Sarat Chandra IAS Academy

UPSC Civils Daily Mains Question 23rd April 2020

Q) The Indian Ocean Commission has emerged as an active and trusted regional actor, working in and for the Western Indian Ocean. What are the objectives of IOC?  What is the significance for India as an observer state of the IOC? Discuss how IOC achievements offer an opportunity to learn for India. What is the contribution of India to IOC to strengthen maritime security in Western Indian Ocean?

Answer:

The Indian Ocean Commission is an intergovernmental organization that constitute five African Indian Ocean nations (Comoros, Madagascar, Mauritius, Réunion (an overseas region of France), and Seychelles), who share geographic proximity, historical and demographic relationships, natural resources and common development issues.

The Western Indian Ocean (WIO) is a strategic location of the Indian Ocean linking the Southeastern coast of Africa to the wider Indian Ocean and beyond.

Objectives of IOC:

  • Its principal mission is to strengthen the ties of friendship between the countries and to be a platform of solidarity for the entire population of the African Indian Ocean region.
  • It aimed at protecting the region, improving the living conditions of the populations and preserving the various natural resources that the countries depend on.
  • It strengthens Economic and commercial cooperation
  • It aimed at sustainable development in a globalization context, cooperation in the field of agriculture, maritime fishing, and the conservation of resources and ecosystems
  • It focused to strengthen the regional cultural identity, cooperation in cultural, scientific, technical, educational and judicial fields.
  • Its mission also includes development, through projects related to sustainability for the region.

Significance for India

For India, the importance of joining this organization lies in several things

  • India will get an official foothold in a premier regional institution in the western Indian Ocean, boosting engagement with islands in this part of the Indian Ocean.
  • It will help to extend India’s SAGAR (Security and Growth for all in the Region) policy in the region.
  • The move would lead to greater security cooperation with countries in East Africa.
  • It will allow collective engagement with the island nations of western Indian Ocean (WIO) and further boost ties with them.
  • These island nations are increasingly important for India’s strategic outreach as part of its Indo-Pacific policy.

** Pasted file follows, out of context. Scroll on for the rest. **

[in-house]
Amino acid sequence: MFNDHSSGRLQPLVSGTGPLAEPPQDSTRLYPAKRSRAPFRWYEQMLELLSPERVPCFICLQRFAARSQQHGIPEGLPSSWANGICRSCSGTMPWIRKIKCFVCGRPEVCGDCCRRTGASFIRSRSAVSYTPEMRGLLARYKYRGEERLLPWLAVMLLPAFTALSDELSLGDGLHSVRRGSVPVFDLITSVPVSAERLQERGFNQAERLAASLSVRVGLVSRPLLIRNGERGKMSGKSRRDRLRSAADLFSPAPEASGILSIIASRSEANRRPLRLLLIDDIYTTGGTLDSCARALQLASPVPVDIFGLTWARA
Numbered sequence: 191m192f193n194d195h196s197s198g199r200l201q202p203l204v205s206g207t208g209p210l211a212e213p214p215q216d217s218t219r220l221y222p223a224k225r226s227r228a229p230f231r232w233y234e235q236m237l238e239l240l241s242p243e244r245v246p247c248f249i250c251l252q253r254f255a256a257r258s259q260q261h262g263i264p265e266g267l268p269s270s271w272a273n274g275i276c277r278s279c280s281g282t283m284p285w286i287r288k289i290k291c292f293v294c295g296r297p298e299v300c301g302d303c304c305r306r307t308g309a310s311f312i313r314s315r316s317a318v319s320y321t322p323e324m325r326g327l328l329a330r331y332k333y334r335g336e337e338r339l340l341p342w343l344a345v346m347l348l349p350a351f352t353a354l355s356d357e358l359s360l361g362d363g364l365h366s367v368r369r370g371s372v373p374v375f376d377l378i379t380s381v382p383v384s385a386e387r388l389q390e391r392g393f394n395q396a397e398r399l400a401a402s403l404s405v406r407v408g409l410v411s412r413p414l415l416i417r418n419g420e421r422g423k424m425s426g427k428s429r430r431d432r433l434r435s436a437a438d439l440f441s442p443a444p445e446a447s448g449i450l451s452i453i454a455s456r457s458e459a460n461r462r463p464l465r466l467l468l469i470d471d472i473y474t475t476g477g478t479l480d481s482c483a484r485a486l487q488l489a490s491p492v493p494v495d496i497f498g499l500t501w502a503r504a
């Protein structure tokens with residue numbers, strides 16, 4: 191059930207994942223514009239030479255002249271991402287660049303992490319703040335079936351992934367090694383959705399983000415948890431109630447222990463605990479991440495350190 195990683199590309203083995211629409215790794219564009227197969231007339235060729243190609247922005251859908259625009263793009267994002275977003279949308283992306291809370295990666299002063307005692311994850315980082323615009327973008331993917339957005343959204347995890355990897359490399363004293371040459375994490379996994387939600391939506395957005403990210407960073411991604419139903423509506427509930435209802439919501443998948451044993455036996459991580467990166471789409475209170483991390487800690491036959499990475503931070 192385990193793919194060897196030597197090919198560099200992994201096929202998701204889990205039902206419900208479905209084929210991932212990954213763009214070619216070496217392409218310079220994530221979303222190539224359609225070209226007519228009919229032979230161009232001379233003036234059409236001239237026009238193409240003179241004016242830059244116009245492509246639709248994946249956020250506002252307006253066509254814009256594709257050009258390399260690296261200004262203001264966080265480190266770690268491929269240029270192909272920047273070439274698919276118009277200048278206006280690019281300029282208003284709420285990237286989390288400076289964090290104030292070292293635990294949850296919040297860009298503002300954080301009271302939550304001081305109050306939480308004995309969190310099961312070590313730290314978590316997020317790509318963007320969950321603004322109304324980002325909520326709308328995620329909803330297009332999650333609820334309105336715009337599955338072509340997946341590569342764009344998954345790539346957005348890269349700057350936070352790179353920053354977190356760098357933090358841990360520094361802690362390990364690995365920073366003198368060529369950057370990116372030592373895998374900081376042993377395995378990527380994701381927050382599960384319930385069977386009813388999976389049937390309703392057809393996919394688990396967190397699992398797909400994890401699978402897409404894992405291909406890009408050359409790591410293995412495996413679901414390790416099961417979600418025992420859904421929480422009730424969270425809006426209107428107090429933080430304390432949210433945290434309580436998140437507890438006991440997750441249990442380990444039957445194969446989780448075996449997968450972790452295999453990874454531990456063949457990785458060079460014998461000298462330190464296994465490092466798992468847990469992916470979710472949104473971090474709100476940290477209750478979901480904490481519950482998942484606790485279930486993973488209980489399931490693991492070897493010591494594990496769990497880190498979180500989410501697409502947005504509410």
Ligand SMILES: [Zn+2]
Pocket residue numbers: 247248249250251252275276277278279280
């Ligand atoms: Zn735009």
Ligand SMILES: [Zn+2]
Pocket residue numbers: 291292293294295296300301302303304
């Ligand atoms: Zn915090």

• This move would enhance ties with France which is the strong global power in the western Indian Ocean.
  • The move also strengthens western flank of the Indo-Pacific and is a stepping stone to security cooperation with East Africa.
  • The Potential of natural gas reserves in the Mozambique Channel increases the significance of the region for India.
  • It helps in expanding ties with the Vanilla Islands.

India and IOC achievements:

  • The IOC style of ‘bottom-up regionalism’ has produced a sub-regional view and definition of maritime security problems and local ownership of pathways towards workable solutions.
  • Its regional maritime security architecture is viewed locally as the most effective and sustainable framework to improve maritime control and surveillance and allow littoral States to shape their own destiny.
  • through RMIFC and RCOC the IOC is seeking sustainable ways to address maritime security threats in the region
  • A 2019 policy brief published by the IOC ‘Strengthening Maritime Security in the Western Indian Ocean’, delivered unprecedented regional and international cooperation in the domain of maritime security.
  • However, it resulted in multiple players, the duplication of actions, and regional dependence on international navies.
  • Moreover, with proper regional coordination, local successes at curbing maritime threats will have broader security dividends for the Indian Ocean space.

India’s contribution to strengthen maritime security:

  • The IOC’s maritime security activities have a strong foundation, but they require support and buy-in from additional regional actors.
  • With its observer status, India will be called upon to-
    1. Extend its expertise to the region.
    2. Put its satellite imagery to the service of the RMIFC.
    3. Establish links with its own Information Fusion Centre.
  • As a major stakeholder in the Indian Ocean India will continue to pursue its interests and tackle maritime security challenges at the macro level in the region.
  • Nearly all littoral states in the Western Indian Ocean need assistance in developing their maritime domain awareness and in building capacity to patrol their EEZs.

India’s principles in SAGAR policy made clear that it has an opportunity to learn from and partner with IOC to reinforce maritime security in the Western Indian Ocean. India to calibrate its Indian Ocean strategy away from outdated, neo imperialist conceptions of great power that are costly to regional followership, one route will be to learn from and support sub-regional efforts such as those of the IOC.

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